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THU0224 Randomized Double-Blind Comparative Effectiveness in RA Patients with Active Disease Despite Methotrexate (MTX): A Comparison of Conventional Disease-Modifying Anti-Rheumatic Drugs with a Biological
  1. J. R. O’Dell1,
  2. T. R. Mikuls1,
  3. T. Taylor2,
  4. V. Ahluwalia3,
  5. M. Brophy4,
  6. S. Warren5,
  7. R. Lew4,
  8. C. Phibbs6,
  9. A. H. Anis7,
  10. A. C. Cannella1,
  11. G. A. Kunkel8,
  12. E. Keystone on behalf of CSP551 RACAT Research Group9
  1. 1Internal Medicine, University of Nebraska Medical Center, Omaha
  2. 2VA Medical Center, White River Junction, United States
  3. 3Osler Health Center, Mississauga, Canada
  4. 4VA Boston Healthcare System, Boston
  5. 5VA CSP Clinical Research Pharmacy Coordinating Center, Albuquerque
  6. 6Hearth Economics Resource Center (152), Palo Alto VA Health Care System, Palo Alto, United States
  7. 7Population and Public Health, University of British Columbia, Vancouver, Canada
  8. 8Division of Rheumatology, George Wahlen Veterans Affairs Medical Center, Salt Lake City, United States
  9. 9University of Toronto, Toronto, Canada


Background Double-blind placebo controlled trials have demonstrated the efficacy of 16 different therapies in RA patients with active disease despite MTX. However, there have been no blinded trials comparing conventional combination therapy to biologicals in this population. This gap in knowledge is important since biologicals are substantially more expensive than conventional therapy and have different toxicities. We compared two treatment strategies, adding conventional oral DMARDs or adding a biological, etanercept, in patients with active disease despite MTX followed by switch to the other treatment when clinically indicated.

Methods This investigator-initiated multinational double-blind non-inferiority trial randomized 353 patients with active RA despite MTX to treatment with triple DMARD therapy (MTX, sulfasalazine and hydroxychloroquine) or etanercept + MTX. Treatment continued for 48 wks, with blinded treatment switch at 24 wks for patients in either group if their disease activity had failed to improve by a clinically significant amount (ΔDAS28 of <1.2). The primary end point was DAS28 improvement at wk 48 based on the initial randomization. Radiographic progression, physical functioning and pain were secondary endpoints. Patients were enrolled from 16 VA centers, 12 other US sites and 8 sites in Canada.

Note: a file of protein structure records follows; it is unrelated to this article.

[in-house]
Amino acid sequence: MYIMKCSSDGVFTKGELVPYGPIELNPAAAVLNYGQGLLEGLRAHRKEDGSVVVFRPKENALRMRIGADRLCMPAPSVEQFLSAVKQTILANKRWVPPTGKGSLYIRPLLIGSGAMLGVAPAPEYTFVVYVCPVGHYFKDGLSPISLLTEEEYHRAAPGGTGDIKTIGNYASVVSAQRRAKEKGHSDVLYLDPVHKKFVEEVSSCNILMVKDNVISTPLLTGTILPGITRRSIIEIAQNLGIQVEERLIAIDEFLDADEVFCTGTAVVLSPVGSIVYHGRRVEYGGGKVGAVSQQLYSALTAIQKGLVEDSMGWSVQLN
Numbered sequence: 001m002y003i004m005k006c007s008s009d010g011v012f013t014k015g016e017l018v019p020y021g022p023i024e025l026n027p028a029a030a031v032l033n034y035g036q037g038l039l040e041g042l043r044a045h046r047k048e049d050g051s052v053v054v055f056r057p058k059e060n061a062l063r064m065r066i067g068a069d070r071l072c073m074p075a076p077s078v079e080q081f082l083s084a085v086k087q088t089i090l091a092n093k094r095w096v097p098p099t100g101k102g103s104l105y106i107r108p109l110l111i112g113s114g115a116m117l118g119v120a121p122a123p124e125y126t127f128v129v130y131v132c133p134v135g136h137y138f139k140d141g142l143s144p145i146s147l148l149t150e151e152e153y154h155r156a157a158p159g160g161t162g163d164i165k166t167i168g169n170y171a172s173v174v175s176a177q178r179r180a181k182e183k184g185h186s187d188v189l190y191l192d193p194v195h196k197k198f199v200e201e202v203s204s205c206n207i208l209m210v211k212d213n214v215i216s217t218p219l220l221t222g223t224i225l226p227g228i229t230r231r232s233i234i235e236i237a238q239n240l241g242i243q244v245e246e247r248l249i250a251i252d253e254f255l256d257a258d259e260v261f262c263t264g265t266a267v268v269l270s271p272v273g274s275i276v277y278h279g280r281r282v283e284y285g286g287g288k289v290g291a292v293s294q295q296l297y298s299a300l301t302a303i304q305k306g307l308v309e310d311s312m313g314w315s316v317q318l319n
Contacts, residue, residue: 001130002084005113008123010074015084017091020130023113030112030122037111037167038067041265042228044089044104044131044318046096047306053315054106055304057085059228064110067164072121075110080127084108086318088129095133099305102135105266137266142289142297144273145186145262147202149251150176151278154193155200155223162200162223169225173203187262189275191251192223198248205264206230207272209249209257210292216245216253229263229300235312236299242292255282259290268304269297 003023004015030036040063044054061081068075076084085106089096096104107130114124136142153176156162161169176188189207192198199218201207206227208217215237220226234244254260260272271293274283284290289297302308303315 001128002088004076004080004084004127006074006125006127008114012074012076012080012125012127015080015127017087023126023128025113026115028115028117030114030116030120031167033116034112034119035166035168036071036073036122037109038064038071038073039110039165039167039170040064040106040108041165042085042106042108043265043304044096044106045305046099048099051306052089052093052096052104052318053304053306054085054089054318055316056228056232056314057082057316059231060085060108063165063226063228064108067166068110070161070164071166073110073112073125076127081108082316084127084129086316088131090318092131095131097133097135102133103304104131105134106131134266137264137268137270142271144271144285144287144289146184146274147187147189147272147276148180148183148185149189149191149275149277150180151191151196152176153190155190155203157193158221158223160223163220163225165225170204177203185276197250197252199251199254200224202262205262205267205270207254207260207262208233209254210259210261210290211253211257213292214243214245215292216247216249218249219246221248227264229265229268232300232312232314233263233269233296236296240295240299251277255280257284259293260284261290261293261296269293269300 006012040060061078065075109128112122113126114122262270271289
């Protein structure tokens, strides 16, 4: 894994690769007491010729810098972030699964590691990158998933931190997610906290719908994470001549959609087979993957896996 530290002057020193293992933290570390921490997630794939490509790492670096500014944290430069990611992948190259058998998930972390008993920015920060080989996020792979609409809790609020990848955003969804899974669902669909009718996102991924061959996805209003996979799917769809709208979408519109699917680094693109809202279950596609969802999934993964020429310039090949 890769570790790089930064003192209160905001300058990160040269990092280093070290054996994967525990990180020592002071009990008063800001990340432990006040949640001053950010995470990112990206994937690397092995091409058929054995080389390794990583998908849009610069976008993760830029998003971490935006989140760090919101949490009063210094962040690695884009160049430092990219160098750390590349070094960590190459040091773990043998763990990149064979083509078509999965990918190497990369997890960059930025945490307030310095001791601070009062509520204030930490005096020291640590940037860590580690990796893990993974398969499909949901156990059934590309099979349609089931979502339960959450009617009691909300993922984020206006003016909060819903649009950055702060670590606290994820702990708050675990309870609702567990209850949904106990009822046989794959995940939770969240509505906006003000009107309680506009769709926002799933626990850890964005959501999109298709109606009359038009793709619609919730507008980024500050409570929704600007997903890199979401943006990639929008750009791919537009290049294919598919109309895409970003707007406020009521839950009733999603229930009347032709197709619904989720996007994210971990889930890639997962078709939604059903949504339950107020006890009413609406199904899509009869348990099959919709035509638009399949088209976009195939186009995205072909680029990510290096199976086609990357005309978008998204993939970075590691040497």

Results Study population baseline characteristics: mean age 57 yrs, 54% males, DAS28 = 5.8, disease duration 5.2 yrs and mean initial MTX dose 19.6 mg/wk. There were no significant differences between groups at baseline. Both groups improved significantly over 24 wks (p=0.001). The proportion of patients requiring a switch at 24 wks was nearly identical (27.0% for triple and 26.7% for etanercept). In patients who switched, both groups improved significantly (p <0.0001) and the response was not different between therapies (p=0.08). At 48 wks the change in DAS28 was virtually the same based on initial randomization (-2.1 [triple] and- 2.3 [etanercept]). Importantly, for patients in either group who had responded at wk 24 (73% of the patients) the response was maintained at 48 wks. Radiographic progression was minimal and not different between groups (+ 0.54 for triple vs + 0.29 for etanercept, [p=0.43]). Secondary patient-reported outcomes HAQII, pain, EQ-5D were also not different. Comparing the direct medication costs of the two strategies, the difference of the drug costs alone between triple DMARD and etanercept is $10,200 per patient year.

Conclusions The strategy of continuing MTX with the addition of sulfasalazine and hydroxychloroquine is comparable to adding etanercept in RA patients with active disease despite MTX and results in similar benefits in disease measures, function and radiographic progression. At the health system level, the cost-saving potential and the cost-effectiveness of the strategy of starting with conventional DMARD combinations and then switching to biologicals in those who do not respond may be substantial.

Acknowledgements Funding Sources: Cooperative Studies Program of the Department of Veterans Affairs Office of Research and Development, CIHR and NIAMS by interagency agreements. Placebo etanercept donated by Amgen

Disclosure of Interest J. O’Dell: None Declared, T. Mikuls Grant/research support from: Genentech, T. Taylor: None Declared, V. Ahluwalia Grant/research support from: Abbott, Janssen, Roche, UCB, Consultant for: Abbott, Amgen/Wyeth, BMS, Janssen, Roche, Speakers bureau: Abbott, Janssen, Roche, M. Brophy: None Declared, S. Warren: None Declared, R. Lew: None Declared, C. Phibbs: None Declared, A. Anis: None Declared, A. Cannella: None Declared, G. Kunkel: None Declared, E. Keystone Grant/research support from: Abbott Laboratories; Amgen, Inc.; AstraZeneca Pharmaceuticals LP; Bristol-Myers Squibb; Centocor, Inc.; F. Hoffmann-LaRoche Inc.; Genzyme, Merck, Novartis Pharmaceuticals, Pfizer Pharmaceuticals, UCB, Consultant for: Abbott Laboratories; AstraZeneca Pharma, Biotest, Bristol-Myers Squibb Company; Centocor, Inc.; F. Hoffmann-LaRoche Inc.; Genentech Inc.; Merck, Nycomed, Pfizer Pharmaceuticals, UCB, Speakers bureau: Abbott Laboratories; Bristol-Myers Squibb Co.; F. Hoffmann-LaRoche Inc.; Merck; Pfizer Pharmaceuticals; UCB; Amgen; Abbott, Janssen Inc.

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